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Andrew Dauber, MD

Chief, Endocrinology

Locations

  • Main Hospital Washington, District of Columbia 20010 1-888-884-BEAR (2327)

Languages Spoken

  • English
  • Hebrew

Departments

Board Certifications

  • American Board of Pediatrics
  • American Board of Pediatrics/Endocrinology

National Provider ID: 1457410813

Bio

Biography

Andrew Dauber, M.D., MMSc, is the chief of endocrinology at Children’s National Health System. As a pediatric endocrinologist, Dr. Dauber works in all areas of pediatric endocrinology, but specializes in studying and treating growth disorders.

Dr. Dauber has published more than 65 studies and regularly speaks at international pediatric endocrinology conferences, discussing a variety of topics, including clinical clues to identify rare genetic growth conditions, genetic factors that influence height and the timing of puberty, as well as novel genetic disorders that he has helped identify.

With a medical degree and a Master’s of Medical Sciences in Clinical Investigation from Harvard Medical School, Dr. Dauber finds it natural to merge academic research with its clinical counterparts to accelerate cutting-edge treatment and multidisciplinary care. He is currently working with pediatric health centers to integrate genomics into patient registries and electronic health records, harnessing large data sets, including whole-exome sequences, to help clinicians identify and treat high-risk patients.

Over the next few years, Dr. Dauber will create an endocrinology research program at Children’s National, transforming the type of care that children with endocrine disorders receive. This will make it easier for parents to find comprehensive resources for rare conditions, thyroid problems, growth disorders, early or delayed puberty, as well as type 1 and type 2 diabetes.

Dr. Dauber also has experience with guiding joint infrastructures and engines of innovation. Previously, he served as the program director and director of translational research at the interdisciplinary Cincinnati Center for Growth Disorders at Cincinnati Children’s Hospital Medical Center. Additionally, he was the director of their Genomics First for Undiagnosed Diseases Program and guided medical residents and fellows as an associate professor of pediatrics at the University of Cincinnati. He held similar roles as the assistant medical director for the clinical research unit at Boston Children’s Hospital and as an assistant professor in pediatrics at Harvard Medical School.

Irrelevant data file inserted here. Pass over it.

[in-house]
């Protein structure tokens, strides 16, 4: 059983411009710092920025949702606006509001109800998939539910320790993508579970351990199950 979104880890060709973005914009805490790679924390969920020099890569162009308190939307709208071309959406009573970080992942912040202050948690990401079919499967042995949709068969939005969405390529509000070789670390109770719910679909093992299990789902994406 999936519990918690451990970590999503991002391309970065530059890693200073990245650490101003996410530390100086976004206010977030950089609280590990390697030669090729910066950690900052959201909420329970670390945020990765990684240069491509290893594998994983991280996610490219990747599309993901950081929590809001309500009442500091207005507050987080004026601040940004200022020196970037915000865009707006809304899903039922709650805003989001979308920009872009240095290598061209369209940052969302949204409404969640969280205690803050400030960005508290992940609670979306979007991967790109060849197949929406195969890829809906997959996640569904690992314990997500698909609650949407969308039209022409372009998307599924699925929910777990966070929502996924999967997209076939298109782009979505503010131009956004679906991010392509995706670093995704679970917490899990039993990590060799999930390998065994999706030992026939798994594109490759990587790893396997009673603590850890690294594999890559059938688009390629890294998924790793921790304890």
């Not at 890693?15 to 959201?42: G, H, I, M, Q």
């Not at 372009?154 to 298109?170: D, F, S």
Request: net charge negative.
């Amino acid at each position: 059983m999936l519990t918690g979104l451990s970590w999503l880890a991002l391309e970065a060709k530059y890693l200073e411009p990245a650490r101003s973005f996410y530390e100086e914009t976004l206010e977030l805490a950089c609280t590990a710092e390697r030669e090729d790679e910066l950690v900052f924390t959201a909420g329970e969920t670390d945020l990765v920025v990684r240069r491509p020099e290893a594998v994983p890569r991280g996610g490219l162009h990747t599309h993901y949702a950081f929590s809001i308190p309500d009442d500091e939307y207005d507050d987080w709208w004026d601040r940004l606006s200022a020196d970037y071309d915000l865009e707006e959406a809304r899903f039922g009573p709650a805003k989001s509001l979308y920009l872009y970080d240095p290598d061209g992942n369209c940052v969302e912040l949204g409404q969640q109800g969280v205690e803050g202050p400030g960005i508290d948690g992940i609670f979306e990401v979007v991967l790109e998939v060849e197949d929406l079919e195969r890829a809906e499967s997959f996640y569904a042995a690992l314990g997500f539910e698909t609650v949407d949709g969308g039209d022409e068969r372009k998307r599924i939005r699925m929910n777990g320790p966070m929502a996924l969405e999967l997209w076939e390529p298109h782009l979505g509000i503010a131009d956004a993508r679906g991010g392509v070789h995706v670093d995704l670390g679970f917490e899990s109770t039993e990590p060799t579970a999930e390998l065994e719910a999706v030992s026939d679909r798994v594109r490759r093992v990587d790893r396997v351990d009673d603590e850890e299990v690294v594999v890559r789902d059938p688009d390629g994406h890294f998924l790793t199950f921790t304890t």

Dr. Dauber holds board certifications in pediatrics and pediatric endocrinology from the American Board of Pediatrics. He is an active member of and has received several awards and honors from the Endocrine Society, Pediatric Endocrine Society, European Society of Pediatric Endocrinology and the Society for Pediatric Research.

Education & Training

Education & Training

  • MMS, 2011
    Harvard Medical School
  • Fellowship Program, Pediatric Endocrinology, 2011
    Boston Children's Hospital
  • Residency Program, General Pediatrics, 2007
    Boston Children's Hospital
  • Internship Program, General Pediatrics, 2005
    Boston Children's Hospital
  • MD, 2004
    Harvard Medical School
  • BA, 2000
    Columbia University
News

News

blue liquid substance in container

The future of pediatric endocrinology research is here

Imagine an endocrinology division staffed with endowed researchers, endocrinologists, and other specialists, that serves as an engine of innovation, making it easy for pediatricians to refer patients to entire endocrinology teams for cutting-edge care. Over the next few years, Andrew Dauber, M.D., MMSc, the new chief of endocrinology at Children’s National will work with the nationally-ranked endocrinology and diabetes division at Children’s National to build this type of robust endocrinology research program, housing specialty clinics for Turner’s syndrome, thyroid care and growth disorders, amongst others. 

 

Research & Publications

Research & Publications

Abreu AP, Dauber A, Macedo DB, Noel SD, Brito VN, Gill JC, et al. Central precocious puberty caused by mutations in the imprinted gene MKRN3. N Engl J Med. 2013;368(26):2467-2475.

Dauber A, Munoz-Calvo MT, Barrios V, Domene HM, Kloverpris S, Serra-Juhe C, et al. Mutations in pregnancy-associated protein A2 cause short stature due to low IGF-I availability. EMBO Mol. Med. 2016;8(4):363-374.

Gkourogianni A, Andrew M, Tyzinski L, Crocker M, Douglas J, Dunbar N, et al. Clinical characterization of patients with autosomal dominant short stature due to Aggrecan mutation. J Clin Endocrinol Metab.2017;102(2):460-469.

View publications on PubMed

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